The European Solidarity Centre tells the story of a steelworkers’ strike which set in motion a cultural movement that spread around Poland and ultimately led to the fall of communism.
This huge 5-story building contains a vast collection of information regarding Polish citizen’s stand against the Soviet-backed Polish government. The museum takes credit for creating an appealing history/social oriented educational experience, specifically the revolutionary wave of the 1970-1980s. First and foremost it is designed to be a symbol of the victory of the Solidarity movement. Its prominent layout and objective make it easy for visitors to follow. Separated to section A-G starting with the strike in 1980- peaceful Solidarity movement-lessons learned from 1970 strike-marshal law-free election-downfall of Socialism in 1989 and how Central/Eastern Europe emerged from the shadows into freedom.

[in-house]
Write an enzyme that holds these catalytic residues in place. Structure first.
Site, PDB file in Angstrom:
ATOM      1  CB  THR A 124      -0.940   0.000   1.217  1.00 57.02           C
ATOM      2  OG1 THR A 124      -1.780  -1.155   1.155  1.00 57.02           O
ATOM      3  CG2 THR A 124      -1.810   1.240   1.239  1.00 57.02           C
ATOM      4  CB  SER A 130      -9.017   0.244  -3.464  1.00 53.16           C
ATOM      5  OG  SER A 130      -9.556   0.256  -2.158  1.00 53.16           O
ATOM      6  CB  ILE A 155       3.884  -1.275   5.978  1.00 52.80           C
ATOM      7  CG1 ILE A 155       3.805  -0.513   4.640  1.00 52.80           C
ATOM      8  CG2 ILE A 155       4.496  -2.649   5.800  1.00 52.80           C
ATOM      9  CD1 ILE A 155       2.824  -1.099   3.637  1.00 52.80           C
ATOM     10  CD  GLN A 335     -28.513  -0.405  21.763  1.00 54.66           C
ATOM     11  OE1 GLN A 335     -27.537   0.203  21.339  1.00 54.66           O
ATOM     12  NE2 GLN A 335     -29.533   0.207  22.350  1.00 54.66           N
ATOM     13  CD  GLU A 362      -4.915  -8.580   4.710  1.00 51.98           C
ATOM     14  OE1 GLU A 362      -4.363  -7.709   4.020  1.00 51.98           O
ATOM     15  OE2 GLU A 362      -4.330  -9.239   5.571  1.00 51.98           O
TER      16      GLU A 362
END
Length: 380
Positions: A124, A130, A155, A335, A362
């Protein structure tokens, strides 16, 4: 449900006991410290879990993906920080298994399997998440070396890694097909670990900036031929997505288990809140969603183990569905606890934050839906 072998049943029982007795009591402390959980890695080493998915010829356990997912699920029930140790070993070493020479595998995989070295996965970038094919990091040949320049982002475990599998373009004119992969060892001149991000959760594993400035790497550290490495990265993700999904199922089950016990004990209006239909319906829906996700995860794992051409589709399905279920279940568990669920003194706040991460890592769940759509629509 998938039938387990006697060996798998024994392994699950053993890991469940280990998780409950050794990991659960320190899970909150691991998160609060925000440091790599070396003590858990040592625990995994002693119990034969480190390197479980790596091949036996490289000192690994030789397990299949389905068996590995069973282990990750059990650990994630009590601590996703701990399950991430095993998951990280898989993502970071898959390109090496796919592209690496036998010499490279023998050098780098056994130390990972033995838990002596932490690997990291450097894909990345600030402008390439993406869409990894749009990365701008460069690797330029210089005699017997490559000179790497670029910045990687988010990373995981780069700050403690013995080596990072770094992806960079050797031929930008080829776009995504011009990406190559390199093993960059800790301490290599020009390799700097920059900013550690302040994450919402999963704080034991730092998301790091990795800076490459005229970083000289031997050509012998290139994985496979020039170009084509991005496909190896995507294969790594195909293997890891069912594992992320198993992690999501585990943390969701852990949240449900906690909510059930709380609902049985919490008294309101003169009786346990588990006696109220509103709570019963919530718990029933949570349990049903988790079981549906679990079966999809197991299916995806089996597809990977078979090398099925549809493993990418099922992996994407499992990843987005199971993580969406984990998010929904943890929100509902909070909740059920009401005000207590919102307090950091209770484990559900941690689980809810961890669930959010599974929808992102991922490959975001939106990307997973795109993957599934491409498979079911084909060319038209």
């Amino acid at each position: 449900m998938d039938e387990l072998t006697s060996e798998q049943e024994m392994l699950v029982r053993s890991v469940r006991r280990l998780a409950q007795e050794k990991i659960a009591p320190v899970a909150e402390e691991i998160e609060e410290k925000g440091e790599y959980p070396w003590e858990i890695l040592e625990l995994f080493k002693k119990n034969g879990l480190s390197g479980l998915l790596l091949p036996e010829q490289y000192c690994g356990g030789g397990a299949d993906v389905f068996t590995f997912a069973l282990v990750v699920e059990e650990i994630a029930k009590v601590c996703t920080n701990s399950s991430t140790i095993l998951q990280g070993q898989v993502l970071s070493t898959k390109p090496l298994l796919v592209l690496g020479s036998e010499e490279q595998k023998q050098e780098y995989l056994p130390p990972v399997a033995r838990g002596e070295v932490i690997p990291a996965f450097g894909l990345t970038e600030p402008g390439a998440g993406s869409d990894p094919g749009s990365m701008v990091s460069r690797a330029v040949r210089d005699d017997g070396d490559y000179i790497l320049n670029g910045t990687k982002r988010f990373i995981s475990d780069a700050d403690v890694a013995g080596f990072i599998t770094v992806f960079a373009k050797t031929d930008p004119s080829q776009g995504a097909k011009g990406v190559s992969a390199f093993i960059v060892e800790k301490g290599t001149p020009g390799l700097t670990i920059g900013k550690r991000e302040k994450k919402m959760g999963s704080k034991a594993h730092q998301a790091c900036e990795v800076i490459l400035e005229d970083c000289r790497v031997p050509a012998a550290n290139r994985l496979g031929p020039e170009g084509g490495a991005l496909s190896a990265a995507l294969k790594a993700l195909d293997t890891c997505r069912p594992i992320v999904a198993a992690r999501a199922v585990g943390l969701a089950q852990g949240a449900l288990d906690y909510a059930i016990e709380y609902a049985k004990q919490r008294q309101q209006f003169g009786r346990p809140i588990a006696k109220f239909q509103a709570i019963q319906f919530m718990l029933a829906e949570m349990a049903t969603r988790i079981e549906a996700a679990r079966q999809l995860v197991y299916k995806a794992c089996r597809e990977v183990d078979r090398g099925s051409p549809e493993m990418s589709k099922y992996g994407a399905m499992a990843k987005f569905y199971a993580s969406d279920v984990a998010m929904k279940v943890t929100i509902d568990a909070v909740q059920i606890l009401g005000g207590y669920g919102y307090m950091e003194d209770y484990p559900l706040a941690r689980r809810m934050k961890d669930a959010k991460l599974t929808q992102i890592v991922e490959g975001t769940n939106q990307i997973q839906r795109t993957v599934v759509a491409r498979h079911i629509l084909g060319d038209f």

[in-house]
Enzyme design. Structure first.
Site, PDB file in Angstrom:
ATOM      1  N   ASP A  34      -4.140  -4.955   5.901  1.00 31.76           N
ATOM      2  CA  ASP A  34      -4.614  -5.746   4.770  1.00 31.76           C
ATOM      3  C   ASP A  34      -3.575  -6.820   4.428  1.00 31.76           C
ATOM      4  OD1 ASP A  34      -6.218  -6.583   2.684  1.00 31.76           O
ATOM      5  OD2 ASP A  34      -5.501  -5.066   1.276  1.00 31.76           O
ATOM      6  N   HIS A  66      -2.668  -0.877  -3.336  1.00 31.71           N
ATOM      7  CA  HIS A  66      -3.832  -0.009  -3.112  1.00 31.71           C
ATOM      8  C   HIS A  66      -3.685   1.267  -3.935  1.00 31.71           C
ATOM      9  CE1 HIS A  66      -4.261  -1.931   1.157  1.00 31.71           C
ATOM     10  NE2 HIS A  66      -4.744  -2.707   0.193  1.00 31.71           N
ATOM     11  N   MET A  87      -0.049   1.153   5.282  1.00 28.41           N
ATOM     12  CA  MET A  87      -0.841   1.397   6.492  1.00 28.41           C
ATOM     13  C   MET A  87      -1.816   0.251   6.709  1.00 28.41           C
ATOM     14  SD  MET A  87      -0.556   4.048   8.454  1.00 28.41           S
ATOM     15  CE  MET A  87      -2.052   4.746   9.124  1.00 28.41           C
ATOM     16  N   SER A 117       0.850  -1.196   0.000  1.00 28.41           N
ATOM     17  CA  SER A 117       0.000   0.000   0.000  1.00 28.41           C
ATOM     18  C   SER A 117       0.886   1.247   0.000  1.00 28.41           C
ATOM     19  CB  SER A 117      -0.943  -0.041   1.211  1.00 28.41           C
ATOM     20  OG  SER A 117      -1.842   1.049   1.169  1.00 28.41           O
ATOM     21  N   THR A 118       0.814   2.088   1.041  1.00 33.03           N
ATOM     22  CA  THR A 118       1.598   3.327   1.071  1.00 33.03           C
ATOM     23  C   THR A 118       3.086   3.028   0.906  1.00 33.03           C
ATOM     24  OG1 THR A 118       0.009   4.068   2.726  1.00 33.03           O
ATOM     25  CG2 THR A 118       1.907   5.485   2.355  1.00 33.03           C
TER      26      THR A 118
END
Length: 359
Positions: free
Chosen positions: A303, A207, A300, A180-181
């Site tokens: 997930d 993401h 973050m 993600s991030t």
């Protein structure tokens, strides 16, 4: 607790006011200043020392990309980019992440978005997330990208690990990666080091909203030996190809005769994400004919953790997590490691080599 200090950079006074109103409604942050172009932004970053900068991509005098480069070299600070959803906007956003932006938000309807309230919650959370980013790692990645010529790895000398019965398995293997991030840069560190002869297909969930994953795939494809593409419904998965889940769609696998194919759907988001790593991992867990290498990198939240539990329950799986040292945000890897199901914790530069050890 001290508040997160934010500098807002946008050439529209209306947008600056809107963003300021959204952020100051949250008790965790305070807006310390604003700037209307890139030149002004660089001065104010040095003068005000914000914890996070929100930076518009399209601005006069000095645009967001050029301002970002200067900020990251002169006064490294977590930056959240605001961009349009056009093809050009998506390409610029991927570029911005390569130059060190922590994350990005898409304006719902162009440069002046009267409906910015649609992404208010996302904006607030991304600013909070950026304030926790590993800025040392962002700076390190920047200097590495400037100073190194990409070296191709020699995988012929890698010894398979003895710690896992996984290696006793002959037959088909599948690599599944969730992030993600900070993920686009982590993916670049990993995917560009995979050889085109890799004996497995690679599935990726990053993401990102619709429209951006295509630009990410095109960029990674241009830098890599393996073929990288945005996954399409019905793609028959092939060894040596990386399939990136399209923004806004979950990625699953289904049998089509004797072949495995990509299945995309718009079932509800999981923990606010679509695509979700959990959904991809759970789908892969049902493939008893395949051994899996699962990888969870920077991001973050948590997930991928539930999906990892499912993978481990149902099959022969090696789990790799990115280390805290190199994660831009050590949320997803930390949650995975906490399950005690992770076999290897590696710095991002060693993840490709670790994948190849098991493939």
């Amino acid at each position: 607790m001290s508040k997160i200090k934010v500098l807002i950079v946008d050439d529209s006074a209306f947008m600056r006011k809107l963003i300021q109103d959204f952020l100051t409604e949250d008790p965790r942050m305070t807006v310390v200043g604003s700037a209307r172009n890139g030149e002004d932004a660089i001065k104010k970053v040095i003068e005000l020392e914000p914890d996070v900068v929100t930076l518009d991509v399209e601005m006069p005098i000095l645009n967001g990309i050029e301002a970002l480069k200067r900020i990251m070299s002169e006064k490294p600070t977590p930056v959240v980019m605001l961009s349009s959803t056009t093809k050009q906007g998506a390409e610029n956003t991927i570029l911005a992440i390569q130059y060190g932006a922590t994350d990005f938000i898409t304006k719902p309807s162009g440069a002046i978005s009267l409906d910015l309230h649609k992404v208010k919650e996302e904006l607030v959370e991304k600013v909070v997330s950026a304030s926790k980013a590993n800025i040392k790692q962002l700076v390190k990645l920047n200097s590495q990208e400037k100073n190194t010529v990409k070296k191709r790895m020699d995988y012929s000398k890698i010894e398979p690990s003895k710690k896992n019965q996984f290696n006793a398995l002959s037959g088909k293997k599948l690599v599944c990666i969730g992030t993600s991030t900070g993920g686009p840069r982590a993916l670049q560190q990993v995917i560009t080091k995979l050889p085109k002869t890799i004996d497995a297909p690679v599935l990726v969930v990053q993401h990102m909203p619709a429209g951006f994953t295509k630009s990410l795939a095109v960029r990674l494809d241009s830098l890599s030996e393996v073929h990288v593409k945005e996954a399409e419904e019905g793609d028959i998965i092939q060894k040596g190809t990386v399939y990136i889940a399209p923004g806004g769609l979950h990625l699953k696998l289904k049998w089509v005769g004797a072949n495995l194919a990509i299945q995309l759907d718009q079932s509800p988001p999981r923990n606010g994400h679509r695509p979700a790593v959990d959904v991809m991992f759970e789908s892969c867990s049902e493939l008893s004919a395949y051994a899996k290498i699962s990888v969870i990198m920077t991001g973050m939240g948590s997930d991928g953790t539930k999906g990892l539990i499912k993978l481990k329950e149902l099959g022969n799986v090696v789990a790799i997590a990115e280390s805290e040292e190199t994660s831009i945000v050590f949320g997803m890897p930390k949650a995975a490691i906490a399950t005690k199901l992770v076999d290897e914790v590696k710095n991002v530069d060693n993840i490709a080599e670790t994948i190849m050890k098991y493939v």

You can easily spend the whole afternoon here browsing around different rooms and displays which are both very creative and super informative. There is also lots to read and watch.
They also have an audio guide that cleverly interacts with videos and exhibits.
It is an excellent choice for any wheelchair user to hang out while visiting Gdansk.